33. Christen says:

    Re: Brinkley…I am so very sorry that you’re having to go through this. As someone who has grown up with multiple family pets and is currently obsessed with the dog she also inherited upon marriage I feel your pain. Been there and also currently dreading the day, if it comes to that, we have to make a decision about our sweet girl.

    Unfortunately, it seems that the cost of being the beneficiary of their unconditional love and companionship and comfort is having to be the one to make the shitty calls at the end and make sure the end is as dignified and painless as possible. What call to make is ultimately up to you and any vet worth anything should be able to answer your questions thoroughly and put you at ease (as much ease as you can be in). Our family has definitely gone to the “waited too long, should have maybe put an end to this a week ago” but hindsight, you know?

    As far as explaining this to a child…I would honestly answer her questions, if any. When my brother was little, the dog had a seizure in front of him and my stepmom and he asked “Is she goignt o die?” My stepmom answered, “She is one day, and that day could be soon, but for now we’re taking care of her and giving her lots of love.” It didn’t freak him out as much as you’d think it would, and he would spend a lot of time just sitting on the floor petting her and speaking to her quietly. I think it teaches kids a lot of life, compassion, and dealing with hard stuff. You guys (obviously) know what information she is able to grasp without making her overly anxious but I would absolutely answer her questions. If anything, the whole “Brinkley isn’t feeling well and you know how we when we are sick? Well, for now we need to…” and follow it up with whatever instructions you feel are appropriate. Pet him a lot, or don’t. Give extra snuggles, or leave him alone to rest. I probably wouldn’t bring her to the vet’s office and if you think she should say goodbye, do it at home, but again: you know what you can handle. It might freak her out even more to see you guys so upset; I’m not a fan of shielding your kids from your emotions but this might be intense for a little one.

    Good luck to all of you!

  34. cindy w says:

    First, I am so, so sorry about Brinkley.

    Catie was 5 when we had to have our cat put to sleep. (My cat. My first cat who I rescued when I was still in college and I had her for 15 years and I loved that goddamn cat so much.) It was pretty traumatic for her, but keep in mind that in the 6 months prior: she got a baby sister, her parents split up, her dad moved 3,000 miles away, and we moved to a new house. THEN the cat she’d known and loved all of her life died, as a big ol’ cherry on that shit sundae. (I’m discounting Lucy’s experience here entirely, because she was 8 months old when the cat died, so it wasn’t exactly something she registered.)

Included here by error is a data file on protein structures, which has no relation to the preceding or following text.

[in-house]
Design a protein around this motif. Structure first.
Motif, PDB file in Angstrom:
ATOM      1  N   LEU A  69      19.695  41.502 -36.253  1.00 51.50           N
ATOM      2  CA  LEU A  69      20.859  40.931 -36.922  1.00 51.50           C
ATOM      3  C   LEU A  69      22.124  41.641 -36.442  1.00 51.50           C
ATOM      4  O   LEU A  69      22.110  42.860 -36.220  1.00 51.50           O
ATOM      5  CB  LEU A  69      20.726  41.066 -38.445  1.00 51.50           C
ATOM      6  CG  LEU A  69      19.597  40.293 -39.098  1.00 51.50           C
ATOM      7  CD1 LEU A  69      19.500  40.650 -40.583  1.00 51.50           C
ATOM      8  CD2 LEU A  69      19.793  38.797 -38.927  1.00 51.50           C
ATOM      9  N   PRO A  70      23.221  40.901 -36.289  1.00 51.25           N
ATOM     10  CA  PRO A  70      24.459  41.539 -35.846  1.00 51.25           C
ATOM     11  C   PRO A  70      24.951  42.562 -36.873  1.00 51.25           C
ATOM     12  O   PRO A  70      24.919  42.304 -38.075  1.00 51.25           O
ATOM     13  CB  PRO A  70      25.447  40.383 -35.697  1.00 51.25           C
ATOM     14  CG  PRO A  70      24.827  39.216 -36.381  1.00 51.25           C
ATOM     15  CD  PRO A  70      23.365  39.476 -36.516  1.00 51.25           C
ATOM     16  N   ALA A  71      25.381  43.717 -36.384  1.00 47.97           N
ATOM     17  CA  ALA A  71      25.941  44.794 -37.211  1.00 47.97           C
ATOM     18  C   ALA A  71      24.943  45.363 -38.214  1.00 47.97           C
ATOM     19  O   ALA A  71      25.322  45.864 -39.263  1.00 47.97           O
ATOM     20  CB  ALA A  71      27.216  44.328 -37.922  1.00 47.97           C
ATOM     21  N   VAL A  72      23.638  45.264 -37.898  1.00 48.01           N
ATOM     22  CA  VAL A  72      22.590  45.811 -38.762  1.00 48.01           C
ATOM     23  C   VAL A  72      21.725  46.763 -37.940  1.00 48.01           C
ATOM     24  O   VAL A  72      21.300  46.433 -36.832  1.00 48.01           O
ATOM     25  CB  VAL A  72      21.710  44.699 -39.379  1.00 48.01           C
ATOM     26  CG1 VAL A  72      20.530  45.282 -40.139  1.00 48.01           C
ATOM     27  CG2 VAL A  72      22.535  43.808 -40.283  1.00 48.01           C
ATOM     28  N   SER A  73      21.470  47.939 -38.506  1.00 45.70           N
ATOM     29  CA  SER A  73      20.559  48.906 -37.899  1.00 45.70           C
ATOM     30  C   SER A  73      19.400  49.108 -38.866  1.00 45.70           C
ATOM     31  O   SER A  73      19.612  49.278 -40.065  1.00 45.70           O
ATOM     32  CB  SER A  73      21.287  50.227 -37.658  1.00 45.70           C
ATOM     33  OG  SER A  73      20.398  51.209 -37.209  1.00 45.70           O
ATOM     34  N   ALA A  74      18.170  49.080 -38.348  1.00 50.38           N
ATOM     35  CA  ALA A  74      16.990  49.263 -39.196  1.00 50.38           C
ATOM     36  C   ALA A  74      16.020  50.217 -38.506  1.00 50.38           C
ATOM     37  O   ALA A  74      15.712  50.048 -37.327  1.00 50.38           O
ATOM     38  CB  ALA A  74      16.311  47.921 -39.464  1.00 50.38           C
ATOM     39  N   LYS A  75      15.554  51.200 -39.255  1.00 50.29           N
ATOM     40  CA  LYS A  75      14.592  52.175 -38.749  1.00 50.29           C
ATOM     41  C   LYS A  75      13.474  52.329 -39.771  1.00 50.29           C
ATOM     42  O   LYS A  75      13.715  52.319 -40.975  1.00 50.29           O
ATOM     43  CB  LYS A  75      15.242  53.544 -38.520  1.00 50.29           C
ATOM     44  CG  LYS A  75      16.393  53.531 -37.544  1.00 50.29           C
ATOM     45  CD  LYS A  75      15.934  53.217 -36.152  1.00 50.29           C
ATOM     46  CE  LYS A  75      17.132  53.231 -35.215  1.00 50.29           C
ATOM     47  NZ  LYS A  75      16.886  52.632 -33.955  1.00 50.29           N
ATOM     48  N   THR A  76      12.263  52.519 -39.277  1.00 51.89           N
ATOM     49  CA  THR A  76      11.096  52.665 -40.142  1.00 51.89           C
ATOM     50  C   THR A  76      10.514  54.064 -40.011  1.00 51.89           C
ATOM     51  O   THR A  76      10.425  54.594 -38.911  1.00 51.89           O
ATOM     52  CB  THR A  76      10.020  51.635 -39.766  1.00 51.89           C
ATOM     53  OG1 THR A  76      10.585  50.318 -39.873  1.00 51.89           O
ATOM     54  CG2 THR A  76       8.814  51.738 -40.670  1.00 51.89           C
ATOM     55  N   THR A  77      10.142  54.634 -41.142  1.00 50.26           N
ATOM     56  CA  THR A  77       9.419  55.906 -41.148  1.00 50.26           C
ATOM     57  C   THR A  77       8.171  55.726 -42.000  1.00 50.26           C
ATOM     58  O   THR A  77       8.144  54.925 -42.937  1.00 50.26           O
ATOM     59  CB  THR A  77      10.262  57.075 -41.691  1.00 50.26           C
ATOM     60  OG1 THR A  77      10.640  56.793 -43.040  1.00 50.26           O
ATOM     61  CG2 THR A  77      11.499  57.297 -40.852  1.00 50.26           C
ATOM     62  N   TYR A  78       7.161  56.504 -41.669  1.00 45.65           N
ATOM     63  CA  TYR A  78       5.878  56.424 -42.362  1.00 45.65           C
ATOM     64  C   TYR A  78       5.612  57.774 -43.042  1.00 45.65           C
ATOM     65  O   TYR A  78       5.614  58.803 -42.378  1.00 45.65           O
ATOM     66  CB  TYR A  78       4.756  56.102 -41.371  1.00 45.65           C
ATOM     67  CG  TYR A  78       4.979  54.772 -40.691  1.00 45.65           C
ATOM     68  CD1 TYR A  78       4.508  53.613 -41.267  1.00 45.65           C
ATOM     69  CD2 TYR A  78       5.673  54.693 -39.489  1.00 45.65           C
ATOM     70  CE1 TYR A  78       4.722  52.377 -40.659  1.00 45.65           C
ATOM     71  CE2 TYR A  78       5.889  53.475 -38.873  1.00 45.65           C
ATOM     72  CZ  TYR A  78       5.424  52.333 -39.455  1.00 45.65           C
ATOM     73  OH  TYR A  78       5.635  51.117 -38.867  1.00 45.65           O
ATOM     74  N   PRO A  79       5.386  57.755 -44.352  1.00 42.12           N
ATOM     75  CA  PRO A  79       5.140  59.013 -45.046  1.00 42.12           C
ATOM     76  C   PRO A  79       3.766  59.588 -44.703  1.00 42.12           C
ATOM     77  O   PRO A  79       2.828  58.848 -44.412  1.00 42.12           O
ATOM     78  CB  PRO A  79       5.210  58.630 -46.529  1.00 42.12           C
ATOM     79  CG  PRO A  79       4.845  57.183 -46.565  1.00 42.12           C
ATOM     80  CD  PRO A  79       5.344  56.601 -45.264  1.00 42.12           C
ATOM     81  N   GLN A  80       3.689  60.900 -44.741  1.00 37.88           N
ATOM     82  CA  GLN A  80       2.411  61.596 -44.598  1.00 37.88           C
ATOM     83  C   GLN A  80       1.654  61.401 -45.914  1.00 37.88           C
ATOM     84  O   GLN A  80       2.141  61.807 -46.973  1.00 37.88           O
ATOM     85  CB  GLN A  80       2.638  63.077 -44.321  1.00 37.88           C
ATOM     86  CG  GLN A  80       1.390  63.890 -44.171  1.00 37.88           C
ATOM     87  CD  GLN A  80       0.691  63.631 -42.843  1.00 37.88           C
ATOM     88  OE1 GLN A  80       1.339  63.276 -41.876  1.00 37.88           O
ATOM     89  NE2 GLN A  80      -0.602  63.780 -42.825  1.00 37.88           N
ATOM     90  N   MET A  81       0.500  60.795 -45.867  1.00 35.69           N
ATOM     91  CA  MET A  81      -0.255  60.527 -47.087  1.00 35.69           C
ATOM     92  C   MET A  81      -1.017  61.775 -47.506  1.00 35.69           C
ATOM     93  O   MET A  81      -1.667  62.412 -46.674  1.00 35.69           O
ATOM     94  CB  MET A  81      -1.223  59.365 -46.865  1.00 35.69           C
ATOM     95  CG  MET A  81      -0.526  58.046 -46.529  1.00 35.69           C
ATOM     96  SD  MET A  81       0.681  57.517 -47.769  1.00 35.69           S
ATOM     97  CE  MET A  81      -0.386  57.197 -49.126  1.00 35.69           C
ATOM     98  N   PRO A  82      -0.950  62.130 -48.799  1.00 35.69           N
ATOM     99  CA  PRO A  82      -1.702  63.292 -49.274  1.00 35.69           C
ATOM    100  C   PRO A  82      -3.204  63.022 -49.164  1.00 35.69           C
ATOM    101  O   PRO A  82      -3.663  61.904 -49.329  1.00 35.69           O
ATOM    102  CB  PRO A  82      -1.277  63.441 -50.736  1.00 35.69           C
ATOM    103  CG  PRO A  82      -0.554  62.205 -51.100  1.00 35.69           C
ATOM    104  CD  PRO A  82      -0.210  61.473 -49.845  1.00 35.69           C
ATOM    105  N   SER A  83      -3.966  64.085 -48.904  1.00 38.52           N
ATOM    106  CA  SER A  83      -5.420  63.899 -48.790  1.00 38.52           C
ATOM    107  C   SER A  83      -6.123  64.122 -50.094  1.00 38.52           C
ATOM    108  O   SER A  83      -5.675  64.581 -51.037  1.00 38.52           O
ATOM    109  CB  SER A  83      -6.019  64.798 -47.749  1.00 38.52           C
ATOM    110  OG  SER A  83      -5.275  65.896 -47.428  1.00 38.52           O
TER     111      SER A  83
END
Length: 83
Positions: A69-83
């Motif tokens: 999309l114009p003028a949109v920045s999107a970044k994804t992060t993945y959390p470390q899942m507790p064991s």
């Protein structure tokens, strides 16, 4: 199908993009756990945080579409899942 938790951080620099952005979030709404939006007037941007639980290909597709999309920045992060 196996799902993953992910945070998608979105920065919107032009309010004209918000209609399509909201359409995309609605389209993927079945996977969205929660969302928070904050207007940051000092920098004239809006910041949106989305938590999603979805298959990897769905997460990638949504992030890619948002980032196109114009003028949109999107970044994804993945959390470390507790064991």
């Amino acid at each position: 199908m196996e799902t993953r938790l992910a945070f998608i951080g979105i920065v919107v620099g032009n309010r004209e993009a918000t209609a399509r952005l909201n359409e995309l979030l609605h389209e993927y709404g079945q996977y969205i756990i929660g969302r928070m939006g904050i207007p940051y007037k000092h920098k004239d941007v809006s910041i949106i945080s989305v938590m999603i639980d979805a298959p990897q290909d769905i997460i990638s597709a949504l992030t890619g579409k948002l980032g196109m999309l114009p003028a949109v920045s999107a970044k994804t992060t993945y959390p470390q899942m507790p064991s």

I don’t remember specifics leading up to it, I know we had at least a few conversations about how Teenie (the cat) was getting very old, and pretty soon she’d be going to Cat Heaven. I didn’t specifically tell her when or the method of how it would happen. I kept it vague on purpose.

    The actual euthanizing part I did while she was at daycare, then I picked her up and explained that Teenie had, in fact, gone to Cat Heaven that day. When she got home and the cat was gone, it still took a while for it to sink in.

    To be honest, she still sometimes cries that she misses Teenie, and it’s been over 3 years. But a lot of times it happens because she’s upset about something else, and the cat is the one grief she has a name for, if that makes sense. (Like, she can’t identify what it is exactly that she’s upset about, so she’ll say it’s the cat, when it has nothing whatsoever to do with the cat.)

    Basically, it sucks, and it’s hard, and I’m so so sorry.

  35. Maggie says:

    I’ve had pets most of my life so, unfortunately, I’ve also had to put a number of pets down. With one of the cats it was very clear – he suffered a stroke and couldn’t walk or breathe very well suddenly. It sucked. With two other cats and a dog it was much less clear and my husband and I kept going back and forth about whether it was time. With one of the cats we probably should have done it sooner but the others were probably about the right time, although it was hard to know. Regardless, in every case I feel that we made the right choice because all were old and sick and they needed to be at peace. Unfortunately, the only constant is that putting a pet down after having a kid who was old enough to love them and to miss them sucked exponentially worse than doing it before we had kids. We loved our pets so much and then to see that love and pain reflected in our kids was just so damned hard. At the time of our most recent pet death, Oldest was only 6 so we kept it very basic – cat was very sick, he was in pain, he died at the Vet. We didn’t explain putting him to sleep or anything like that. Even though my husband is a devout atheist, he was totally fine with telling Oldest that the cat went to cat heaven because that idea was very comforting to Oldest. Now Oldest is almost 13 so we’ll be more frank with him when one of our current pets gets to that point.